Downtown Vancouver, from 5th floor of 500 Broadway. Canon EOS 50d w/Tokina 11-16mm @11mm f/2.8

Downtown Vancouver from the 9th floor of Viewpoint Condos. EOS M5 w/ Samyang 8mm

Lower Main Street, Vancouver, WA from the 11th floor of Viewpoint Condos. EOS M5 w/ EF-M 55-200 at 55mm f/6.3

Vancouver WA waterfront, Grant Street Pier. EOS M5 w/ EF-M 32mm @f/1.4

Space Needle and Downtown Seattle from a seaplane tour. EOS M3 w/ EF-M 11-22mm @15mm

 

Portland, OR Pioneer Courthouse Square. EOS 5D mk II w/ Sigma 8mm

Chinatown, San Francisco, CA circa 1985. Canon F1 w/FD 200/2.8 on Kodachrome 64

Market Street, San Francisco, CA circa 1985. Canon F1 w/ FD 28/2.0 on Ektachrome 100

Urban Patterns, San Francisco, CA mid 1980s. Canon F1 not sure which lens. On Kodachrome 64

Reflection, San Francisco, CA early 1980s Canon A1 with 50mm 1.8 lens on Ektachrome 100

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Last fall at a PhotoFair show I bought this vintage Super Rokkor 45/2.8 for Leica Screw Mount rangefinder. In reality this was designed for a Minolta Rangefinder camera that utilized the LTM mount as did the Canon’s at the time. I was not real familiar with this lens but I did some research and found that Minolta had 3 versions of the 45/2.8 and they also had 50/2 which was bigger and heavier but not “better.” These early lenses were branded under the name “Chiyoko” prior to using the Minolta name on lenses. I have mine adapted to Leica M mount so I can use it on my EOS R or my EOS M5 with a cool helicoil adapter.

These old LTM lenses have the disadvantage of only focusing to 3.3 feet (1m) Many companies are now offering adapters equipped with a helicoil to allow for close up focusing with these older lenses. This particular lens is very small even for LTM. It is almost a pancake design and it looks odd mounted to my full size EOS-R. I also shoot it on my much smaller EOS M5. It is better scaled to this lens’  small size. On that camera with the 1.6x crop the lens shoots like a 72/2.8 and works nicely for portrait work.

The lens is beautifully made and optically quite nice. You can find these in very good shape for around $200 give or take. I mentioned 3 versions above and primarily these were tweaks to the mechanical design not the optical formula. This lens is a bit of a hybrid design it is not a Tessar like the fixed lens Minoltas of the era. The final version was just the version II with a thin optical coating. All three are the same formula of a cemented triplet up front and two elements behind the aperture.

The lens has a bit of a cult following and I’m seriously thinking about joining the cult. As long as I don’t have to chant in a circle of candles, I’m in. This seventy year old lens is razor sharp and has rather pleasing bokeh. It is also tiny, I mean super tiny. It isn’t as light-weight as its size would suggest because it is built to last and that is likely why it still focuses smoothly and operates like it did when Harry Truman was President.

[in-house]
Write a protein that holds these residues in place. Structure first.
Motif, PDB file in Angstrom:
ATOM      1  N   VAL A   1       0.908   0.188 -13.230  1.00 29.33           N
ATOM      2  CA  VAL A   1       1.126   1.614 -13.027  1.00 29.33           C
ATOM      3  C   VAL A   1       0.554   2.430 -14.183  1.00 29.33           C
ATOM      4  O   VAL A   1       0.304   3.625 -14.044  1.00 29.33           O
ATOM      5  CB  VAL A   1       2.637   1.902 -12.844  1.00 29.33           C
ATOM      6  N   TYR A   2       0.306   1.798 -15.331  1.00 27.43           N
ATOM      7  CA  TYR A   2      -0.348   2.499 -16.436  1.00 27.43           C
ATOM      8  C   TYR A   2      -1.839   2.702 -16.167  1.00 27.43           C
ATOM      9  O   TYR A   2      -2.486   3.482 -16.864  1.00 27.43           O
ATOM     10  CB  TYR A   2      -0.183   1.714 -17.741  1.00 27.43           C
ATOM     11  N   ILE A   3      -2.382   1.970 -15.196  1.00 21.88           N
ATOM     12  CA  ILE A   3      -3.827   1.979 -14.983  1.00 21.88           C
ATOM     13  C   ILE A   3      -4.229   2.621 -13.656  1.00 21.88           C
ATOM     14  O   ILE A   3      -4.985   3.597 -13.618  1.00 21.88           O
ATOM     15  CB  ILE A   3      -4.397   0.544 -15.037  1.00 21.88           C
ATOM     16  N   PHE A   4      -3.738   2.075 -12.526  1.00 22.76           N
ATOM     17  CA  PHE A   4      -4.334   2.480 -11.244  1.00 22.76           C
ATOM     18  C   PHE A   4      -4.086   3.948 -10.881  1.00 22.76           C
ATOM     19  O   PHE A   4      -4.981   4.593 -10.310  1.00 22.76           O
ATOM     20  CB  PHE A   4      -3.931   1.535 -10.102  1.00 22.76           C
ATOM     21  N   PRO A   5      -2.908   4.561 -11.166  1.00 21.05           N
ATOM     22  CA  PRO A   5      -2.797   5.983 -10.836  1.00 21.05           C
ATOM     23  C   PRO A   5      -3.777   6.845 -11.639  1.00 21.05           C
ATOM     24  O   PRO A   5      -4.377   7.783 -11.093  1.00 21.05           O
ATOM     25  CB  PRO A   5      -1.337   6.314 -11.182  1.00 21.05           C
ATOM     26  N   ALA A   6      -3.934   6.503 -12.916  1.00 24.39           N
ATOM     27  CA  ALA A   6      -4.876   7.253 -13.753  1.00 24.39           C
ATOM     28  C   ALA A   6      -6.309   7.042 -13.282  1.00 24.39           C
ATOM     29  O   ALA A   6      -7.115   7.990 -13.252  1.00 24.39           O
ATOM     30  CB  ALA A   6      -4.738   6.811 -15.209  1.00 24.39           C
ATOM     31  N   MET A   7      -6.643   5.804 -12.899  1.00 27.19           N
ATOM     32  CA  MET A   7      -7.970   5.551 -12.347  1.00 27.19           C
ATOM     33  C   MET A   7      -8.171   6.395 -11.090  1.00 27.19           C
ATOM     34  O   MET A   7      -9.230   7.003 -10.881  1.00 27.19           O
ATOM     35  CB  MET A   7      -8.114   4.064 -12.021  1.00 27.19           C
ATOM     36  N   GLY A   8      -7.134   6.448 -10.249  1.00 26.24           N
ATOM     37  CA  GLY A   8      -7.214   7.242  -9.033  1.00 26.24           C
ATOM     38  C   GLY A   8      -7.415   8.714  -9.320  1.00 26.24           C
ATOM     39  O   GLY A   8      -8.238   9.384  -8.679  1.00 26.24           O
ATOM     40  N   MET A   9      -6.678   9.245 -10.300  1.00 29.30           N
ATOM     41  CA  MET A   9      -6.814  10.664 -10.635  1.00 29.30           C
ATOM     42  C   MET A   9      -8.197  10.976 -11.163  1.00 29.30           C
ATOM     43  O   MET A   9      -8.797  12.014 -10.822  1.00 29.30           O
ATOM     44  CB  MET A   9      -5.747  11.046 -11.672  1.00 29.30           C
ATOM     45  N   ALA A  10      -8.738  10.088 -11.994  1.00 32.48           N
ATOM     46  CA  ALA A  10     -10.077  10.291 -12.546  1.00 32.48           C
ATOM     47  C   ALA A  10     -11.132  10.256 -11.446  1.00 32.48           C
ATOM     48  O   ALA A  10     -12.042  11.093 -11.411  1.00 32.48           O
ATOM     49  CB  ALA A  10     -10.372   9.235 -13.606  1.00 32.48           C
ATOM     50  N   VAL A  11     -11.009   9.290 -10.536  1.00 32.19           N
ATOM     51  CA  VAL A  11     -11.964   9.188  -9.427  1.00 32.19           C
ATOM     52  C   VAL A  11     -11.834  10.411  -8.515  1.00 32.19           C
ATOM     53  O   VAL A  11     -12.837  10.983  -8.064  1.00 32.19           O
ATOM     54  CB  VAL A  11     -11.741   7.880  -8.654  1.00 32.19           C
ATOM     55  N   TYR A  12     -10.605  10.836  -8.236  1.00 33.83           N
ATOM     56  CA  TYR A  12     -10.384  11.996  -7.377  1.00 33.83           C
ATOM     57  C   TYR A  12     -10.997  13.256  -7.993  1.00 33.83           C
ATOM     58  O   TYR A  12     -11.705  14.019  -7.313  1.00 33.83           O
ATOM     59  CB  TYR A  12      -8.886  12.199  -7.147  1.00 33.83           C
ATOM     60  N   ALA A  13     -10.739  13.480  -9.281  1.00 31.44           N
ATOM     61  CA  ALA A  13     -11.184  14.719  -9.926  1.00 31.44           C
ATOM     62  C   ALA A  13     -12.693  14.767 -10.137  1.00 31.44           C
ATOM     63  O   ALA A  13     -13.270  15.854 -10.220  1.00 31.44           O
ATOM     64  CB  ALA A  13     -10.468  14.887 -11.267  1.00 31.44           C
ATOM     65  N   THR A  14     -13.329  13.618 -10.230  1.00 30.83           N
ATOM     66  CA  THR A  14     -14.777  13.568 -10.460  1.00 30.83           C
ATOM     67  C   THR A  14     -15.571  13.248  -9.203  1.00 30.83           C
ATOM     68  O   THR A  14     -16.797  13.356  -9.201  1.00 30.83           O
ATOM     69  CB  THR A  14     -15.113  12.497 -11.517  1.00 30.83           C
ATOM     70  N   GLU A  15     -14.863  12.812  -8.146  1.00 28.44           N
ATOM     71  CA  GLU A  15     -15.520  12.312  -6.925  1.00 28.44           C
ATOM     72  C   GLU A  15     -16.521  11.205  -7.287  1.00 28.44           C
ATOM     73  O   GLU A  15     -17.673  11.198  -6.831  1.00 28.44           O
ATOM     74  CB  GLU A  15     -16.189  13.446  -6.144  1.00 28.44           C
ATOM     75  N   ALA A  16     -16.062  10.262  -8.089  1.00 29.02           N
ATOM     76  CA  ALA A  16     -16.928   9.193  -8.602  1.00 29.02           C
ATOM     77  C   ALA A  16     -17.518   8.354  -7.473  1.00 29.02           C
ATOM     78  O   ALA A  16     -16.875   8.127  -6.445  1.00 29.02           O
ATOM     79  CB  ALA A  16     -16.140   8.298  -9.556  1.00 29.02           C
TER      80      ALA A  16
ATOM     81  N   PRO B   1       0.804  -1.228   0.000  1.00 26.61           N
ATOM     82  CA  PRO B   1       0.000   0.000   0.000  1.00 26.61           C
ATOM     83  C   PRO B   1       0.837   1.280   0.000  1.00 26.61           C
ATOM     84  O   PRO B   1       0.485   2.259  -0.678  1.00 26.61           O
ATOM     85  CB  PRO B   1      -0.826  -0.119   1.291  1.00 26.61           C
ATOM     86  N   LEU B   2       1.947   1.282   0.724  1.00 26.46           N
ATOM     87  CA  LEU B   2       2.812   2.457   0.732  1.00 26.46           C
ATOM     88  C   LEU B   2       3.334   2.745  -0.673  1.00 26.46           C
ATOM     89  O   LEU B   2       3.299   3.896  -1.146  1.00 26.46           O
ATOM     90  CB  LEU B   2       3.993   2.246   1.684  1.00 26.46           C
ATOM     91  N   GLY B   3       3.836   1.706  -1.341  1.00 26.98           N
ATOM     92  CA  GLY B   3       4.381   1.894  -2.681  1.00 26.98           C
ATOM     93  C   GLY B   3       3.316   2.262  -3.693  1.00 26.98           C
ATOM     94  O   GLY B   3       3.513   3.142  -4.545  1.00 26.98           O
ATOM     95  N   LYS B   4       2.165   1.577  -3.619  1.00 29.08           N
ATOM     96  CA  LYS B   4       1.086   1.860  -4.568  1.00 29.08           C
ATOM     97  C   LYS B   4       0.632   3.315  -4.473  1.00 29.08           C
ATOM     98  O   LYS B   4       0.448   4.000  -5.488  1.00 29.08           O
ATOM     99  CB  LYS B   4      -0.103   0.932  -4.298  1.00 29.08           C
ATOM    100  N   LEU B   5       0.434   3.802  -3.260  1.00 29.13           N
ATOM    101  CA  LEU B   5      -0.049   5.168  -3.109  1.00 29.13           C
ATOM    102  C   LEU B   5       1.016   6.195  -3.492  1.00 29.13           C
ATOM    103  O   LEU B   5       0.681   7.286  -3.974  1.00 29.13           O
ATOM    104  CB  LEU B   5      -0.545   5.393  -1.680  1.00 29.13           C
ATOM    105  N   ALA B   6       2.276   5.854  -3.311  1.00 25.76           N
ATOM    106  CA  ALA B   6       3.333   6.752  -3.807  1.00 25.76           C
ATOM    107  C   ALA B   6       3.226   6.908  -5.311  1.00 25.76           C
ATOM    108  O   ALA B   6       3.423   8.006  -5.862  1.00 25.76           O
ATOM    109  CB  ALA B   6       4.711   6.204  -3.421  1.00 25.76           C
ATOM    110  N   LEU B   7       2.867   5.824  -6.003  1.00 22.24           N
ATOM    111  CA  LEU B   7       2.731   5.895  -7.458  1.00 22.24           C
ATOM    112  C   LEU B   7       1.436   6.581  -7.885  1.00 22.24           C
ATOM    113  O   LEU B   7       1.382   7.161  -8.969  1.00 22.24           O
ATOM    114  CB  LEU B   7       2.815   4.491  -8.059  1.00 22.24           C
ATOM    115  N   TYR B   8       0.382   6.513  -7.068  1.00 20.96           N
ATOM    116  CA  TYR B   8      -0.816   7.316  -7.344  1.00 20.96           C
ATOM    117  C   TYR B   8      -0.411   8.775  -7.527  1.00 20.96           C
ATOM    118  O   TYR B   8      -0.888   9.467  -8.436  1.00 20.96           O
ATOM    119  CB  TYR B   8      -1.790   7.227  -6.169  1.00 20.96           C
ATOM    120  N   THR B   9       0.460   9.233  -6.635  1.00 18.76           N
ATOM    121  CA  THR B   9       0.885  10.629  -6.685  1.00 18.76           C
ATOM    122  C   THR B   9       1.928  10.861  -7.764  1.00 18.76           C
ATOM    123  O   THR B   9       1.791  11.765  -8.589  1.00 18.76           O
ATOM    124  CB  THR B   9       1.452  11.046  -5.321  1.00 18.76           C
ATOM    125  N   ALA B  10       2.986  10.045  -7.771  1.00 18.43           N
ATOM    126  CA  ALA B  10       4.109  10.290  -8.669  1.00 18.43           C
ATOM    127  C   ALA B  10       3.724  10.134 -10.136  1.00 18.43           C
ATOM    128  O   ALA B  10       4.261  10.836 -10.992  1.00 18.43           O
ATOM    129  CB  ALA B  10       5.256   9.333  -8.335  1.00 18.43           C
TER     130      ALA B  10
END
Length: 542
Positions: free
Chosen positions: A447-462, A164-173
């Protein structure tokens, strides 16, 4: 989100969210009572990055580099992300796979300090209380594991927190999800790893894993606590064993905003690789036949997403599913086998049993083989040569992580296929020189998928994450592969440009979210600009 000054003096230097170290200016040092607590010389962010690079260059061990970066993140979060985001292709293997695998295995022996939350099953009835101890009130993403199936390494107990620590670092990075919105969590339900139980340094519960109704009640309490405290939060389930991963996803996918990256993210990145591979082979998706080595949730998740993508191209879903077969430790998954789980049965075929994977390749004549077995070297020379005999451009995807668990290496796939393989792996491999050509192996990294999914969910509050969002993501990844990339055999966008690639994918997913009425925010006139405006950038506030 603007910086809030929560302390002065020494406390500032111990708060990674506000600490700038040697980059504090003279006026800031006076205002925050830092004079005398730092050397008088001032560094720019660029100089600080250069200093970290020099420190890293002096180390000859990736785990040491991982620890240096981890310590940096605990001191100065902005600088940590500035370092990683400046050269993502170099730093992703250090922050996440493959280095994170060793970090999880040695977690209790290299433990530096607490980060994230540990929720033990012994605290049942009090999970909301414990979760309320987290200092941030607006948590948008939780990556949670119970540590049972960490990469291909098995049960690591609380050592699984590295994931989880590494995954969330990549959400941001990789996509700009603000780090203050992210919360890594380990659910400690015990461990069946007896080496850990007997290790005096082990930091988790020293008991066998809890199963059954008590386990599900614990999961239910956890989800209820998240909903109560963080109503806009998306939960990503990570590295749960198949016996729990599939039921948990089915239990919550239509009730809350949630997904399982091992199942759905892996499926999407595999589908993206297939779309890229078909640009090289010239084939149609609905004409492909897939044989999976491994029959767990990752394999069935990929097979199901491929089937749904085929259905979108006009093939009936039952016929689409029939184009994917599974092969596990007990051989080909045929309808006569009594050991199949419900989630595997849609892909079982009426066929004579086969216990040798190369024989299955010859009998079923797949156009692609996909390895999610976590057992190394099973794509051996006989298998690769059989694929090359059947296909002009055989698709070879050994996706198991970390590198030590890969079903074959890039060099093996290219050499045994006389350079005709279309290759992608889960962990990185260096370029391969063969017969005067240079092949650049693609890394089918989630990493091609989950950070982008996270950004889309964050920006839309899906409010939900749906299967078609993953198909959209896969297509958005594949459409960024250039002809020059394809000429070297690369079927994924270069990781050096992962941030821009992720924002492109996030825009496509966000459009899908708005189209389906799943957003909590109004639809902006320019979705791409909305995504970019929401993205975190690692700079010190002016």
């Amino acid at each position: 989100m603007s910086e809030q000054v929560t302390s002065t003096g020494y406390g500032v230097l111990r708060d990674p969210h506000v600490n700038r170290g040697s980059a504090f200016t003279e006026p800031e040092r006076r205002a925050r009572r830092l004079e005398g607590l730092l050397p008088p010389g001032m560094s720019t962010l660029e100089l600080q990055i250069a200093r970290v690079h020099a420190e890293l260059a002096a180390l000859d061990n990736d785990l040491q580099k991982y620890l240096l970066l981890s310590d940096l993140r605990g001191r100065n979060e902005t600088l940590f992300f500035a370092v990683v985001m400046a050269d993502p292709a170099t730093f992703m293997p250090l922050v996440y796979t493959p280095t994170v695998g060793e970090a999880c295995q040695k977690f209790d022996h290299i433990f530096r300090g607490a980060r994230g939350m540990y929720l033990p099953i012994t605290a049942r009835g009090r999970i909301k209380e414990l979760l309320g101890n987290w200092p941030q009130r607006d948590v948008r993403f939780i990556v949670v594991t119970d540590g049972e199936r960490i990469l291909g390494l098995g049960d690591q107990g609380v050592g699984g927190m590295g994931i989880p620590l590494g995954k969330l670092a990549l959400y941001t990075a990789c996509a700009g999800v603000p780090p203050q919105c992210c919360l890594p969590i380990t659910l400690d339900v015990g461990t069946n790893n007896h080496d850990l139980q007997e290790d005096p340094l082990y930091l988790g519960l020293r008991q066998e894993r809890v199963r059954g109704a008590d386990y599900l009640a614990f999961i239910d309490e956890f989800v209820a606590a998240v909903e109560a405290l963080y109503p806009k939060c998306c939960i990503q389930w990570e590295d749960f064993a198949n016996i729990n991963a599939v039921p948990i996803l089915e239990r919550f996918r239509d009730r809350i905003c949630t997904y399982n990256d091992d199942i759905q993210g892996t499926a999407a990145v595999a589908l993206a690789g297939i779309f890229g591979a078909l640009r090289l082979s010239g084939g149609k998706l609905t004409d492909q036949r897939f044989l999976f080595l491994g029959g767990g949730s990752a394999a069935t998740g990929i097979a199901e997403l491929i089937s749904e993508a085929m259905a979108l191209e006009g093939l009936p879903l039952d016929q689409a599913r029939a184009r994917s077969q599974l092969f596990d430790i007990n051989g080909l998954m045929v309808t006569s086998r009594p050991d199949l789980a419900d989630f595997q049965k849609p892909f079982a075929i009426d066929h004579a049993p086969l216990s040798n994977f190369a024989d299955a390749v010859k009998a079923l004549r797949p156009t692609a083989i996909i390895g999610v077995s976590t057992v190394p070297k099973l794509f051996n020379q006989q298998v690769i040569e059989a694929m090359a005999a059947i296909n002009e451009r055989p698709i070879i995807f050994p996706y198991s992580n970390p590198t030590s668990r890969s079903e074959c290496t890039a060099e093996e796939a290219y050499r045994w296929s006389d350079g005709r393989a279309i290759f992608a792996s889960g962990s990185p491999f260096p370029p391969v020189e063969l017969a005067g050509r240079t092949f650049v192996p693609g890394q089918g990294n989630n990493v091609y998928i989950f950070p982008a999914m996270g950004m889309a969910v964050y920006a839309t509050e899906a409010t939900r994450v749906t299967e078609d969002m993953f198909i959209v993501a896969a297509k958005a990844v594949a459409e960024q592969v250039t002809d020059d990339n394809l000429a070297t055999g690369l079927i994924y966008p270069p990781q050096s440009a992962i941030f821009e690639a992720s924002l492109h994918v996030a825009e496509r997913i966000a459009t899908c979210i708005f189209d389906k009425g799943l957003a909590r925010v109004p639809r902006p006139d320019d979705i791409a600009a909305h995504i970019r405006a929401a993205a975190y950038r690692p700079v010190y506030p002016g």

The results of this lens are rather pleasing. Some say it is better suited to black and white, but it renders color in modern cameras very well. Those who follow this blog know, I like to get up real close and isolate my subjects. This lens at f/2.8 struggles at mid range focus to isolate the subject, but does a decent job at the minimum focus distance of 3.3 feet (1m). I used it with a helicoil adapter that allowed me to focus inside of 1 foot (30cm) and really blow out the background. This is one of those lenses that never got its due respect what with all the Leica this, Leica that. I however have owned nearly every Leica standard lens in this era (late 1940s-early 50s) and this Super Rokkor is as good or better than any of them. You need a Summicron the best this lens and the Summicron wasn’t introduced until the mid-50s. Leica designed the Summicron largely in response to superior optics coming out of Japan like these Rokkors and Canon’s famed Serenar 50/1.8. You’ll pay an extra $100 for a Leica Elmar 50/2.8 and will NOT get images this good from it. Hmm, I wonder what kind of chants they require in the Chiyoko cult, I don’t have to climb Mount Fuji, do I? I’m too old for that 😉

Betsy relaxing in the sun, EOS-R, Super Rokkor 45/2.8 and helicoil adapter. 1/800 sec @ f/2.8 ISO 400

Wifey’s bird ornament in the yard. EOS-R, Super Rokkor 45/2.8 and helicoil adapter. 1/125 sec @ f/2.8 ISO 400

Wifey’s bird house feeder, EOS-R, Super Rokkor 45/2.8 and helicoil adapter. 1/640 sec @ f/2.8 ISO 400

EOS M5, Super Rokkor 45/2.8 and M adapter. 1/400 sec @ f/2.8 ISO 400 (I missed focus just a bit behind the eye, my bad)